City of Spectres
RV Smith has spent a lifetime getting to know the many sprites who inhabit Delhi
Delhi has ghosts that live with the living. They crowd the streets, the narrow lanes and bylanes, shrines and monuments of the walled city. They are a link to the past. In his cramped living room in his house in Mayapuri, 78-year-old RV Smith has been collecting these stories for nearly half a century. Smith sits in a shirt that is a close cousin of a Cuban Guayabera. In this dull decaying room what hasn’t faded is Smith’s enthusiasm for the past or the history of the city. On being asked why he has this peculiar hobby, he says, “[It] is an escape from a materialistic existence, there is a sense of wonder, there is a sense of curiosity, a sense of the old world charm. Few ghost stories are related to the present.” Ghost stories are an oft overlooked form of ‘oral history’ about a place and its people. Places, like people, have their ghosts and Smith has been looking, collecting and penning these stories since before the Sixties.
It’s not just the unique genre of ghost stories, but the overall exercise of story-telling, finding particular nuggets, conversation (both self-initiated and walked into) that excites Smith. However, he feels now times are different, “People are different, the times are different, people don’t have the patience for stories being narrated, whatever they hear is from the radio or the TV. The personal touch is gone, we used to hear stories from our grandmothers.” While the cynic will chide a person for the unusual practice of ghost story collecting and the rationalist will say, “But there aren’t any such things called ghosts,” Smith, who is a journalist by profession and worked for The Statesman for 30 years, begs to differ. “We haven’t seen aliens and yet we believe they exist, we haven’t seen ghosts and yet they might well exist.”
What intrigues Ronald Vivian Smith aren’t ghosts as much as hauntings, “Ghosts don’t come out of graves and scare people, what we are scared of are hauntings.” Hauntings, according to Smith, are imprints left in a place – a room, a house, a corridor, a road – where someone was either murdered or killed. What is scary is the fear: “Hauntings begin only in the mind because the fear is the base emotion.” Chuckling to himself, he narrates the story of a bania seth who, on a dare, went to a graveyard at night. When he didn’t return, people went to look for him. His body was found near a gravestone, with the eyes open. “What happened was that his kurta got caught on a gravestone. He must have thought something had caught him and he died of a heart attack.”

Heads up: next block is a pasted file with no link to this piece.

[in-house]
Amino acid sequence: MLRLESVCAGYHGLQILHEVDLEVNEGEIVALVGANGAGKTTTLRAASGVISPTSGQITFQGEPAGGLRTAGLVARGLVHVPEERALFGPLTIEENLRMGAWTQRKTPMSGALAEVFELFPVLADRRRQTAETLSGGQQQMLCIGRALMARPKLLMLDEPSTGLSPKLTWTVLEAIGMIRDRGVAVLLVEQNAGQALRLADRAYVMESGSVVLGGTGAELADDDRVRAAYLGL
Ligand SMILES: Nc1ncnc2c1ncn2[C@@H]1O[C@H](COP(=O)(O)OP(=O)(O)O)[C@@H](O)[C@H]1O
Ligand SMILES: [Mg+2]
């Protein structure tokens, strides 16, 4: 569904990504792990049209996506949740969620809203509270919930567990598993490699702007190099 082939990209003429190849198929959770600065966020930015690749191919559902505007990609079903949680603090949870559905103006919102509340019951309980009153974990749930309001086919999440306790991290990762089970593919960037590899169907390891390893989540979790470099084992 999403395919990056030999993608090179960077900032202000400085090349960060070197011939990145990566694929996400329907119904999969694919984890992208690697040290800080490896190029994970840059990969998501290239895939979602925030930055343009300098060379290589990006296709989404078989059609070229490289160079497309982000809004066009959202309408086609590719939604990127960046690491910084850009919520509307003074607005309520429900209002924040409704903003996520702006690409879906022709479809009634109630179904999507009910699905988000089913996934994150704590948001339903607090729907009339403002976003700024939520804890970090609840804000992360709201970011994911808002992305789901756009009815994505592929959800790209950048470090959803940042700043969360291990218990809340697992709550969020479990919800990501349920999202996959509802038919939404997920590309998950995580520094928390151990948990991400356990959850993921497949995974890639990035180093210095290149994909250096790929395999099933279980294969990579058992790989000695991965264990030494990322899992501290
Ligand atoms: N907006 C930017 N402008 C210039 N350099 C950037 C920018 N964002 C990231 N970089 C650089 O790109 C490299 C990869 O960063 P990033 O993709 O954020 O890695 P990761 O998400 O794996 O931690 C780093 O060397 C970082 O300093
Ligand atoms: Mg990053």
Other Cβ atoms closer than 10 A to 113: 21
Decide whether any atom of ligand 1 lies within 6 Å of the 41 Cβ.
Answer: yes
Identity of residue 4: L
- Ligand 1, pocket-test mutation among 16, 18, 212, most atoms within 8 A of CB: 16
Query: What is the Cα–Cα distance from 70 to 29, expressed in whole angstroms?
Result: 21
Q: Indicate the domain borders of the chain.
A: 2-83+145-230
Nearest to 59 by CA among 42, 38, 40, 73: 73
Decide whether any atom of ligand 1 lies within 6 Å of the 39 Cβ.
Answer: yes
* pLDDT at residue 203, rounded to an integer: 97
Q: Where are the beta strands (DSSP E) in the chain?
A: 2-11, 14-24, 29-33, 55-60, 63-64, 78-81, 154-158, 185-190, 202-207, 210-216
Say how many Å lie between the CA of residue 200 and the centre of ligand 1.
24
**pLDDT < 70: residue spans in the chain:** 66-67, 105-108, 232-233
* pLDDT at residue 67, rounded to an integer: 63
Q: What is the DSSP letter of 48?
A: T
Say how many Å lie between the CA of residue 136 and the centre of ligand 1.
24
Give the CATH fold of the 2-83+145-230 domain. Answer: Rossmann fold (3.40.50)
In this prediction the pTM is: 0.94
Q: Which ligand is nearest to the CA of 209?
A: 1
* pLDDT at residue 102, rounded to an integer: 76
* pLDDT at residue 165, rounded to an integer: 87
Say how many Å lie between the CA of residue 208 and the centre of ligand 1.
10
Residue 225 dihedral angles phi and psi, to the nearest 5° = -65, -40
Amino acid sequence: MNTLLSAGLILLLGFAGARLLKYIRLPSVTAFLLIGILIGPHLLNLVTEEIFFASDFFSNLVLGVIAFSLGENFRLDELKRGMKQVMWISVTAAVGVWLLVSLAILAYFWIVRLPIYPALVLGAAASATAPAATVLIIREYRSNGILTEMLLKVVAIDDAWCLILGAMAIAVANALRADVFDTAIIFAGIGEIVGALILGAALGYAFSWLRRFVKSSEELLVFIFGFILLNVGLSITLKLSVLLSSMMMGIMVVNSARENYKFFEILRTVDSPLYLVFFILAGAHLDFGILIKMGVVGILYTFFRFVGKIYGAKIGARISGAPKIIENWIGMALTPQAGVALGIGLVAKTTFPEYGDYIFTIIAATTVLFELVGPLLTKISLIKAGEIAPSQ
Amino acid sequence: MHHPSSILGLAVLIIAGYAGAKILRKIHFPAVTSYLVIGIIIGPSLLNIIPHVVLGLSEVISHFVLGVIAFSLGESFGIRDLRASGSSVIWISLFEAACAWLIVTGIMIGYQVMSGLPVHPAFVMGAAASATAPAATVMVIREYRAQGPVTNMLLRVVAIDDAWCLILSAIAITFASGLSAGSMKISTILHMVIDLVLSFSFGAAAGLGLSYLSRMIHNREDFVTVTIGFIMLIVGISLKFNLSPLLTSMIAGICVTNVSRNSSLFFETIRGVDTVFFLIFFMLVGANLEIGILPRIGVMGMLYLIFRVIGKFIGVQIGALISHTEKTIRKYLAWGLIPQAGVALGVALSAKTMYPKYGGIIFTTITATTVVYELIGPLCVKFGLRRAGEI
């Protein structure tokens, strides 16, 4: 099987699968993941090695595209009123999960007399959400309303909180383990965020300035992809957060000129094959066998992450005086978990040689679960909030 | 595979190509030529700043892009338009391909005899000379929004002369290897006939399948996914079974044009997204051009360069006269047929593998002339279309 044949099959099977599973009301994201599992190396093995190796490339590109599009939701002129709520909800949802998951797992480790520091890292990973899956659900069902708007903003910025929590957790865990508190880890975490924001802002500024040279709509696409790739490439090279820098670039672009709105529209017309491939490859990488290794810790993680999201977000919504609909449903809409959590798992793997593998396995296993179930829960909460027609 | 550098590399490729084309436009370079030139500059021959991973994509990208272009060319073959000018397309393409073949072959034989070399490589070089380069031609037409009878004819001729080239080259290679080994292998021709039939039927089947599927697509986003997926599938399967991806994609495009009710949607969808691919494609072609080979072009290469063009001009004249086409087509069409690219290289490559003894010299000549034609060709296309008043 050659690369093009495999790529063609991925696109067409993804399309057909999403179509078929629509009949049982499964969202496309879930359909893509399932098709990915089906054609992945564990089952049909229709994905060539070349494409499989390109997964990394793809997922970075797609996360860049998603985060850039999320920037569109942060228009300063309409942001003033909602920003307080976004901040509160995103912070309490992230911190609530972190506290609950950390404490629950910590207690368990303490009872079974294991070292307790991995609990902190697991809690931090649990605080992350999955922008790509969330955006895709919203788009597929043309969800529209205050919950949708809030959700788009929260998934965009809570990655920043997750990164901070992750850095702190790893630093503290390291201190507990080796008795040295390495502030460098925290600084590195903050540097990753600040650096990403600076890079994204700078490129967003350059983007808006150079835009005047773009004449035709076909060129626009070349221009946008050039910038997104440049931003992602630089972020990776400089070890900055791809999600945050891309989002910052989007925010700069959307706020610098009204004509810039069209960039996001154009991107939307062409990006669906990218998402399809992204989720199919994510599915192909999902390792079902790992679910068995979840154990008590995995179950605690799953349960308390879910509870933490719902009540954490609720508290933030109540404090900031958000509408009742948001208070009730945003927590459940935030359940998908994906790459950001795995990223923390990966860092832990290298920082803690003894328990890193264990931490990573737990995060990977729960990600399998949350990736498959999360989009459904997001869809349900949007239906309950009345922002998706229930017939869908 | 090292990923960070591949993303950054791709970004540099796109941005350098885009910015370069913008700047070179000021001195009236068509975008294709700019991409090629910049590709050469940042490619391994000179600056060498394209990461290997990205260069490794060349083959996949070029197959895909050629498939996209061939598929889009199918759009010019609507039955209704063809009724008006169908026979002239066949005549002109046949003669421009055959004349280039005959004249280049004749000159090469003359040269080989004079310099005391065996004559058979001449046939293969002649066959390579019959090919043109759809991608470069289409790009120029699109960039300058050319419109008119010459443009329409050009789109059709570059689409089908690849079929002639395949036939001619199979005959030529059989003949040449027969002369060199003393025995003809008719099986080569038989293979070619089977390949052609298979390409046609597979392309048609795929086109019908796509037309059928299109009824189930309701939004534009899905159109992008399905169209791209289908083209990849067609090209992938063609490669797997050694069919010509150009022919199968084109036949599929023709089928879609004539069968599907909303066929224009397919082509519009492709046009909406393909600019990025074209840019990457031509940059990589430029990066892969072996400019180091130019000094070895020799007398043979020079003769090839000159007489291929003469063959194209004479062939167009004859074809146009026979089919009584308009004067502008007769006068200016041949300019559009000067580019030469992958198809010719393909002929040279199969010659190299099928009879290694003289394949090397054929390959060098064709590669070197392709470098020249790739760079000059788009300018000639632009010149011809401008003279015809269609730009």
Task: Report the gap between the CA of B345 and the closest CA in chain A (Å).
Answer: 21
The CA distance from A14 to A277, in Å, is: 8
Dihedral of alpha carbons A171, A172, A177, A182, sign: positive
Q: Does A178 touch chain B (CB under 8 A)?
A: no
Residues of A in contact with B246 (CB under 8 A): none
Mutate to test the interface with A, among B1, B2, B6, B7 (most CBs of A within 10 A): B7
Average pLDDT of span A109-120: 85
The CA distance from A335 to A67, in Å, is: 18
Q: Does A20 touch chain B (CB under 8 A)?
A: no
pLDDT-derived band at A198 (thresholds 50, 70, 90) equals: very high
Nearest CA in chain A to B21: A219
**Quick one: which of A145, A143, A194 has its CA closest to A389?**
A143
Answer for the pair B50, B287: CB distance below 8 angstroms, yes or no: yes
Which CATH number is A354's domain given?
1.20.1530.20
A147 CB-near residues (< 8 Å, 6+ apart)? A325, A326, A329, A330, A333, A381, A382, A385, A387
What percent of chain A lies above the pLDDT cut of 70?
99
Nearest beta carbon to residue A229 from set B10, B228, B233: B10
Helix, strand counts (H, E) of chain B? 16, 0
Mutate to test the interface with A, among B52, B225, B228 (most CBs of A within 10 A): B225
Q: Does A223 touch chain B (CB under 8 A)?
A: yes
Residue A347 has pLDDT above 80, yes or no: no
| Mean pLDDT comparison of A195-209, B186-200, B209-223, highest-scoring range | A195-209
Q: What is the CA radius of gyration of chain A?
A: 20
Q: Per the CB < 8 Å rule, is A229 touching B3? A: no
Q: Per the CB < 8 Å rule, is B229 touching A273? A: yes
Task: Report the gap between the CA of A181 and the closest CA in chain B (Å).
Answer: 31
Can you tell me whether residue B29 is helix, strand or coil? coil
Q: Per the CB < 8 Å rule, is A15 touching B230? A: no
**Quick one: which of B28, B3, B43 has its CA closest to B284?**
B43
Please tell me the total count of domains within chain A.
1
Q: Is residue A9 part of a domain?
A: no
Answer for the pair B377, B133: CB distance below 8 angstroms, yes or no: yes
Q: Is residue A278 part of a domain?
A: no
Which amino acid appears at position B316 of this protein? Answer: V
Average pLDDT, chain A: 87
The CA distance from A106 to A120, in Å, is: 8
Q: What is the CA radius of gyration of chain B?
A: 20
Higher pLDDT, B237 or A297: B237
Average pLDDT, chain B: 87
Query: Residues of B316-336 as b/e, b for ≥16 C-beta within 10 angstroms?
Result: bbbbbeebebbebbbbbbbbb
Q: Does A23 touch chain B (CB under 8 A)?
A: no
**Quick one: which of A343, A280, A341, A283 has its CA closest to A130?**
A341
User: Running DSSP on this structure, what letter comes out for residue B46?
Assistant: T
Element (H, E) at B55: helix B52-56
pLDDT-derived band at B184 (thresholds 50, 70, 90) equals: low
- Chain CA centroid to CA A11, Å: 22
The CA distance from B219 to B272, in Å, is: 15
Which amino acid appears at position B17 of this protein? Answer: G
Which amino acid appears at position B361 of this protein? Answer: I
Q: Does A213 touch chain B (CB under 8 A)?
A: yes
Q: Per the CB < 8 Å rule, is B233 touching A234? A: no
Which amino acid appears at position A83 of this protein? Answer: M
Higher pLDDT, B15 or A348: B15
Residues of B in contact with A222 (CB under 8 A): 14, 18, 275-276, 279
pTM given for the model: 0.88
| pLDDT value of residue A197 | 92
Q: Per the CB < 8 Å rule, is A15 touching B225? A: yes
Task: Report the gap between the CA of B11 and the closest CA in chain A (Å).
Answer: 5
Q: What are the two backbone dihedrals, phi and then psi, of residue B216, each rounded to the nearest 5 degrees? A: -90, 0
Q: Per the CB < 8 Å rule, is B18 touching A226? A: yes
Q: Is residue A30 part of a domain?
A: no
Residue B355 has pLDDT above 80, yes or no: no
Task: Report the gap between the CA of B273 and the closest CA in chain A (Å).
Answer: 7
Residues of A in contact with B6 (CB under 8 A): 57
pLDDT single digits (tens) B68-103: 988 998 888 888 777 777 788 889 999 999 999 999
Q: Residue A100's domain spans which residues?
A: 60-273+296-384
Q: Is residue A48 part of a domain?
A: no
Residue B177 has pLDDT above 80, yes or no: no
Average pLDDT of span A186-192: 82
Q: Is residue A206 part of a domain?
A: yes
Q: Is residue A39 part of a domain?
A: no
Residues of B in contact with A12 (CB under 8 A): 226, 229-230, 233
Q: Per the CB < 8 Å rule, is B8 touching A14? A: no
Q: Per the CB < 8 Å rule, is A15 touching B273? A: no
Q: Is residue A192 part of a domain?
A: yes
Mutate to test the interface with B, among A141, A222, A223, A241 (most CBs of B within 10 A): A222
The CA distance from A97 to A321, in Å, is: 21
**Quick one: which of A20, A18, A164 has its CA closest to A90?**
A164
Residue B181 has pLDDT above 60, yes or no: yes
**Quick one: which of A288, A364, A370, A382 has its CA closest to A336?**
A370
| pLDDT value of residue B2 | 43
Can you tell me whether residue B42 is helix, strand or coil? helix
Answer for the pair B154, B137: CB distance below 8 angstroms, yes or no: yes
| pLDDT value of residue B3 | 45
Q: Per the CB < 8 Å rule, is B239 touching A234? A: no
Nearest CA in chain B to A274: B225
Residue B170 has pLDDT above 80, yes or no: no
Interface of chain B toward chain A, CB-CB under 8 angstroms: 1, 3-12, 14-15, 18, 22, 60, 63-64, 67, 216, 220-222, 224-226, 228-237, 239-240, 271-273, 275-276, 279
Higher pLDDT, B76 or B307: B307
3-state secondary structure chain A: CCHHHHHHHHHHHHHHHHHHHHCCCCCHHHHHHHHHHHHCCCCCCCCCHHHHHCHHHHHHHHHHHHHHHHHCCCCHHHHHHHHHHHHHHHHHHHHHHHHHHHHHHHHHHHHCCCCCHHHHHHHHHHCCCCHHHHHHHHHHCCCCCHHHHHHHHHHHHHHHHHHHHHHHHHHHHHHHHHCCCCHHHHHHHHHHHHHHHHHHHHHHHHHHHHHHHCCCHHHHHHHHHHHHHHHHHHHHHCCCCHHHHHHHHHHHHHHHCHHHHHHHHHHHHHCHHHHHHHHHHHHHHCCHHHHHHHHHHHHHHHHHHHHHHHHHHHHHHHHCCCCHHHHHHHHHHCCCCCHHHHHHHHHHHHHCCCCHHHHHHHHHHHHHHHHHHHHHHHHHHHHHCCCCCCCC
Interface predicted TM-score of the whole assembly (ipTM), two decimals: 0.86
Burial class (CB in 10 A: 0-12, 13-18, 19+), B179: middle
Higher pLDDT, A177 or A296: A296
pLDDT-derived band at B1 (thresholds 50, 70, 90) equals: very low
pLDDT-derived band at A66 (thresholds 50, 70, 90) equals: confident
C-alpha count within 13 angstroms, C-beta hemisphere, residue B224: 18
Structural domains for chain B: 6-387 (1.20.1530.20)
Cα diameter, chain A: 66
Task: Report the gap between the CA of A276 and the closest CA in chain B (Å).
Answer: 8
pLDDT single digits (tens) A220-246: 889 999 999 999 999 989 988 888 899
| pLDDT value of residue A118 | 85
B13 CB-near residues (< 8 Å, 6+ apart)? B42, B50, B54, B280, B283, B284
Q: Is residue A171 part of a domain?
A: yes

There is a reluctance to enter history from any other perspective than empiricism – find the facts and tell the narrative. However, Smith believes history can be told through ghosts. Stories are passed on from one generation to another, from mother to offspring, and so on. However, the facts of the past are questioned and mocked in the present. “A peepal tree has a ghost, a Brahmin child’s spirit lives in peepal trees,” says Smith. We can question such facts but, he points out, our sense of wonder about the world vanishes when we examine things too closely. Such facts may not be backed by science, but they make up a belief system that belongs to a dying tradition. We can focus on the rationalists’ perspectives and look for scientific explanations, but “When something that we can’t explain happens to someone, even a rationalist, they begin to believe in the supernatural.”
On telling the story of Delhi through its ghosts, Smith says, “The Red Fort stands as a testament to how ghosts tell the story of other incidents, a murder, a stabbing or some other incident.” His eyes take on a glazed look as the mid-afternoon sun pours in through the narrow balcony door. “Azhar Ali Khan, the caretaker of the Red Fort, used to see ghosts; he would see them everywhere, he would see people get murdered, stabbed, strangled almost every night. The army declared that there are no ghosts in the Red Fort, but Khan begged to differ. How can they say there are no ghosts, he would ask me. The Hindustan Times sent a photographer, Ashok Parrikh, who spent a night clicking photos and there were spectres in some photographs, skeletons in others,” Smith narrates with an air of conclusion.
There are those who might not take Smith seriously, but there can be little doubt that the work of this journalist-cum-author is invaluable in providing an explored perspective to telling Delhi’s story. It would be a shame to overlook one of Delhi’s biggest admirers, connoisseurs, and story-tellers.